Antidepressants are generally indicated in moderate to severe depression and when active management and psychological
therapy have not provided sufficient response. Careful explanation of the benefits and risks of antidepressant treatment
is very important, especially to counteract any potentially incorrect information that the woman may have been exposed
to. For example, a woman could be at serious risk of illness relapse if she stops antidepressant treatment because of
her concerns about infant exposure to the medicine from breastfeeding.
Choice of antidepressant
Choice of antidepressant is mainly determined by current or previous response. A serotonin re-uptake inhibitor (SSRI)
is the usual first choice. Paroxetine, citalopram and fluoxetine are all considered to be compatible with breastfeeding.
There is no evidence to suggest that any particular medicine or class of antidepressant is more effective in this patient
group. The choice of antidepressant is determined by previous response, and whether the woman is breastfeeding or wishes
to (see below). If a woman has been treated, and responded well to an antidepressant during pregnancy, it is usually preferable
to continue with the same agent in the postnatal period. A SSRI is now generally used as the first line antidepressant
as they are better tolerated and safer in overdose than tricyclic antidepressants (TCAs).
Antidepressants for postnatal depression during breastfeeding
A complex relationship exists between postnatal depression and breastfeeding. Depression is less likely to develop in
women who establish and maintain breastfeeding than in those who have difficulties with breastfeeding.15 Women
who develop postnatal depression are more likely to stop breastfeeding, perhaps due to concerns about infant medicine
exposure. Other women may stop taking their antidepressant due to toxicity concerns, without realising the risks of their
Not surprisingly, there are no randomised controlled trials of antidepressant use during breastfeeding, and there is
little evidence on the long-term consequences of infant exposure to antidepressants through breast milk. The safety of
medicine exposure from breast milk is derived from case studies and observational investigations involving small numbers
of women who are producing breast milk.
The relative safety of a medicine taken during breastfeeding is expressed in terms of the weight adjusted maternal dose
(WAMD).16 If the maternal dose of a medicine is 10 mg/kg, a “dose” of 1 mg/kg received via breast milk represents
a WAMD of 10%. If the WAMD is low, the overall medicine exposure to the infant is also low. Arbitrarily, drugs with a
WAMD of 10% or less are considered relatively safe for the infant, but the lower the better. Exceptions are drugs such
as warfarin and cytotoxics which are inherently toxic and any exposure would be considered unsafe.
As well as having a low WAMD, a medicine with a short half-life is desirable as this reduces the risk of accumulation
and allows significant removal of the drug from the maternal circulation between feeds.
The SSRIs and their metabolites pass into breast milk in small amounts, generally below 7% of the WAMD. Infant ingestion
via milk is lowest for paroxetine (WAMD ≈ 2%) citalopram (≈ 7%) and highest for fluoxetine (≈ 10%).17 Fluoxetine,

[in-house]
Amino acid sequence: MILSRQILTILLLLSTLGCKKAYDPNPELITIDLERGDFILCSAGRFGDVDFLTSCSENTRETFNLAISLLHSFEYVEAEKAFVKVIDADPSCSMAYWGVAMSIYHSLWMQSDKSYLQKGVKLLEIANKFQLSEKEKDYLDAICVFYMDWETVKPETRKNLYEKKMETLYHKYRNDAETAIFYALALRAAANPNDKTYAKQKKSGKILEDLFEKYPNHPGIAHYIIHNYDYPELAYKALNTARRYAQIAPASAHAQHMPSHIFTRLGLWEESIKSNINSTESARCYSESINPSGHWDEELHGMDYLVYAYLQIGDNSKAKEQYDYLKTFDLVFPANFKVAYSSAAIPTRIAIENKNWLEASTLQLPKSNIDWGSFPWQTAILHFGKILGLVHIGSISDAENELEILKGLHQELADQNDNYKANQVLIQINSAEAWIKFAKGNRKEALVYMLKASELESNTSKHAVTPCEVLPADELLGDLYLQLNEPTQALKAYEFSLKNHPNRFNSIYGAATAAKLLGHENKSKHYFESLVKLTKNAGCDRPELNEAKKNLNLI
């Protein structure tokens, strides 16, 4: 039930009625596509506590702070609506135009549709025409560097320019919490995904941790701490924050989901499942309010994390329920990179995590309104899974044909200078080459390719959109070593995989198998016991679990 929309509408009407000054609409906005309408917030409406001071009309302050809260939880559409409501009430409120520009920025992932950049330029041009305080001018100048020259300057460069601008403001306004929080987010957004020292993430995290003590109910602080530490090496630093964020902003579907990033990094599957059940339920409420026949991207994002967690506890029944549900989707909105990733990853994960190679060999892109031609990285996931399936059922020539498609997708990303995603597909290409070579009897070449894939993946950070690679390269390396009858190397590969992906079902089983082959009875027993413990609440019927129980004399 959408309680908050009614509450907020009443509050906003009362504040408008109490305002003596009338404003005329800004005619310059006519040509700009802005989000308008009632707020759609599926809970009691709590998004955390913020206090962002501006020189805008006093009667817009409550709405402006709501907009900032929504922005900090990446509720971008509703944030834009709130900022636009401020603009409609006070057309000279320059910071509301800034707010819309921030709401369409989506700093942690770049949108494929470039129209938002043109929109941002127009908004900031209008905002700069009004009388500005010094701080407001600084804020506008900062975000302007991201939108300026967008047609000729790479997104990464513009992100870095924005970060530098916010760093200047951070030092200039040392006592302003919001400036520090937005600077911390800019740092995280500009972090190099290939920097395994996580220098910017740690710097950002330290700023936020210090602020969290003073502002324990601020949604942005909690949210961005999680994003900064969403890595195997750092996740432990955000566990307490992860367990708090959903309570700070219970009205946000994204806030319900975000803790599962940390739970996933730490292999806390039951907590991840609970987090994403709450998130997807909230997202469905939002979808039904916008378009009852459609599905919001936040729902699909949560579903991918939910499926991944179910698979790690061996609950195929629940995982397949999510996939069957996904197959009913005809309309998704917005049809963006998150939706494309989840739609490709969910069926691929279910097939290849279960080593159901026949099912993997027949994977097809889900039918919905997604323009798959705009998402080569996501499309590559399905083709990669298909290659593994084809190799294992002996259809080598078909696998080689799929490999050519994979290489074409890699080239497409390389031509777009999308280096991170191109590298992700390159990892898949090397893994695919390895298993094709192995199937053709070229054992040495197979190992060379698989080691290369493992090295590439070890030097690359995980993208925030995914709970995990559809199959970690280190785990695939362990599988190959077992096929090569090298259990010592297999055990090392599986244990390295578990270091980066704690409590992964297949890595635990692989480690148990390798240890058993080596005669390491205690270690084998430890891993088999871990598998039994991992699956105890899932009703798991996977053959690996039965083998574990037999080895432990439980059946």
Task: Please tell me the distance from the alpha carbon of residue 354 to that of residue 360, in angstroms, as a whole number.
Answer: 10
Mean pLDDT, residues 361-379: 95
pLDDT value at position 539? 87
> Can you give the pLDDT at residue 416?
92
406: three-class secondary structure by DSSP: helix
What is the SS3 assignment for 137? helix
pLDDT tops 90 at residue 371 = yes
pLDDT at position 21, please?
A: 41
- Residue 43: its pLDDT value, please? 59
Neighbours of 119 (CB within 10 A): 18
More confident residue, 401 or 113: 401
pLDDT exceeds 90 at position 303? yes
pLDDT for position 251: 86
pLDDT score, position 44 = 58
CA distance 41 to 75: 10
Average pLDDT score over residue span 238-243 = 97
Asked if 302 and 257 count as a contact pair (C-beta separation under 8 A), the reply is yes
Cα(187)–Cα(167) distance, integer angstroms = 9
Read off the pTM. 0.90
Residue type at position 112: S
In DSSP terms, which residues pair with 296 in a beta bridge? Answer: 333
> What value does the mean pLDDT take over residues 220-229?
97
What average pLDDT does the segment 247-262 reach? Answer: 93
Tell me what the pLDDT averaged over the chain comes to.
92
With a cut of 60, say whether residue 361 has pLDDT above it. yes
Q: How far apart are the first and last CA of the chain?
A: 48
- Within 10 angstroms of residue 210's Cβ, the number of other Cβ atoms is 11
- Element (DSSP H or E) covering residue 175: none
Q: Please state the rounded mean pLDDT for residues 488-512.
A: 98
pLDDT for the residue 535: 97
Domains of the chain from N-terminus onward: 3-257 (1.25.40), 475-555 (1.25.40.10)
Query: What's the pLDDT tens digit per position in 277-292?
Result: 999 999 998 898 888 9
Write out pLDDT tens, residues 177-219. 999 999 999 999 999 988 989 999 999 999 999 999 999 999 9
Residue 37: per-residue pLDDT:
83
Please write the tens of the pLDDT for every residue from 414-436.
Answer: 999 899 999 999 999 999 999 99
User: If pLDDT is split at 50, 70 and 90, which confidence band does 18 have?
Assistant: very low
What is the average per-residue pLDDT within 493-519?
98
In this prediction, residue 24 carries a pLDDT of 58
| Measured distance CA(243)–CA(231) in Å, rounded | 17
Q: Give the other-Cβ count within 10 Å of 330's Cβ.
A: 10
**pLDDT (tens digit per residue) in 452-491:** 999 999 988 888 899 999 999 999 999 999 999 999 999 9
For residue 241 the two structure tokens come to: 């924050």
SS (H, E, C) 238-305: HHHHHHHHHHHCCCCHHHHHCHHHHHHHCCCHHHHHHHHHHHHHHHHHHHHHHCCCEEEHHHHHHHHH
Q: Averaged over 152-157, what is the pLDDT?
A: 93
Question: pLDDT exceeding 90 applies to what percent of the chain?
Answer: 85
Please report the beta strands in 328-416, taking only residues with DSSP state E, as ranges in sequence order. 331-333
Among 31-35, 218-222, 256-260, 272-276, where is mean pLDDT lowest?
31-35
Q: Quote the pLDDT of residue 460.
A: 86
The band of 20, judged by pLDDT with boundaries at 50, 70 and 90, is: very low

citalopram and paroxetine are all considered to be compatible with breastfeeding. If a woman has been successfully treated
with fluoxetine or citalopram in pregnancy, and needs to continue treatment after delivery, it is not necessary to switch
to paroxetine as differences in medicine exposure are relatively small. Sedation, poor feeding and behavioural changes
have been rarely associated with exposure to SSRIs via breast milk. Although there is no proven link between the medicine
exposure and these adverse effects, breastfed infants should be monitored, particularly if the mother is taking fluoxetine
or higher doses of any SSRI.
The commonly used TCAs, amitriptyline and nortriptyline have a low WAMD and are considered safe to use in breastfeeding.
However, SSRIs are generally preferred as they are generally better tolerated and have a lower toxicity in overdose.
Doxepin has been associated with some adverse effects in breastfed infants and is not recommended while breastfeeding.
Studies have shown that venlafaxine is excreted into breast milk with a WAMD in the range of 2-9%.17 This indicates
that it is relatively safe in breastfeeding but experience is limited and it is not a first-line choice.
There is no place for synthetic progestogens in the treatment of postnatal depression, and norethisterone is in fact
associated with an increased risk of postnatal depression. Progesterone-only contraceptives should be used with caution
in the postnatal period, particularly in women with a history of depression before or during pregnancy.18
The role of natural progesterone in the treatment of postnatal depression has yet to be evaluated in a randomised, controlled
Some studies have shown modest benefits of oestrogen therapy at late stages of postnatal depression,18 but
it is not recommended as a treatment option in the New Zealand Guidelines.1
Monitoring treatment and follow-up
It is important to monitor response to treatment and adjust if response is inadequate. This will involve good communication
between all practitioners involved in the woman’s care. There are significant risks if untreated depressive illness
in the postnatal period carries forward in to subsequent pregnancy. The next pregnancy should be planned and discussed
with consideration of factors such as the control of the current illness, whether in remission or not, and the need for
continued antidepressant treatment.
Contraceptive advice is important as low libido and breastfeeding can lead the mother in to thinking that conception
is not possible. An unexpected pregnancy during this time can be extremely stressful and compromise the health of mother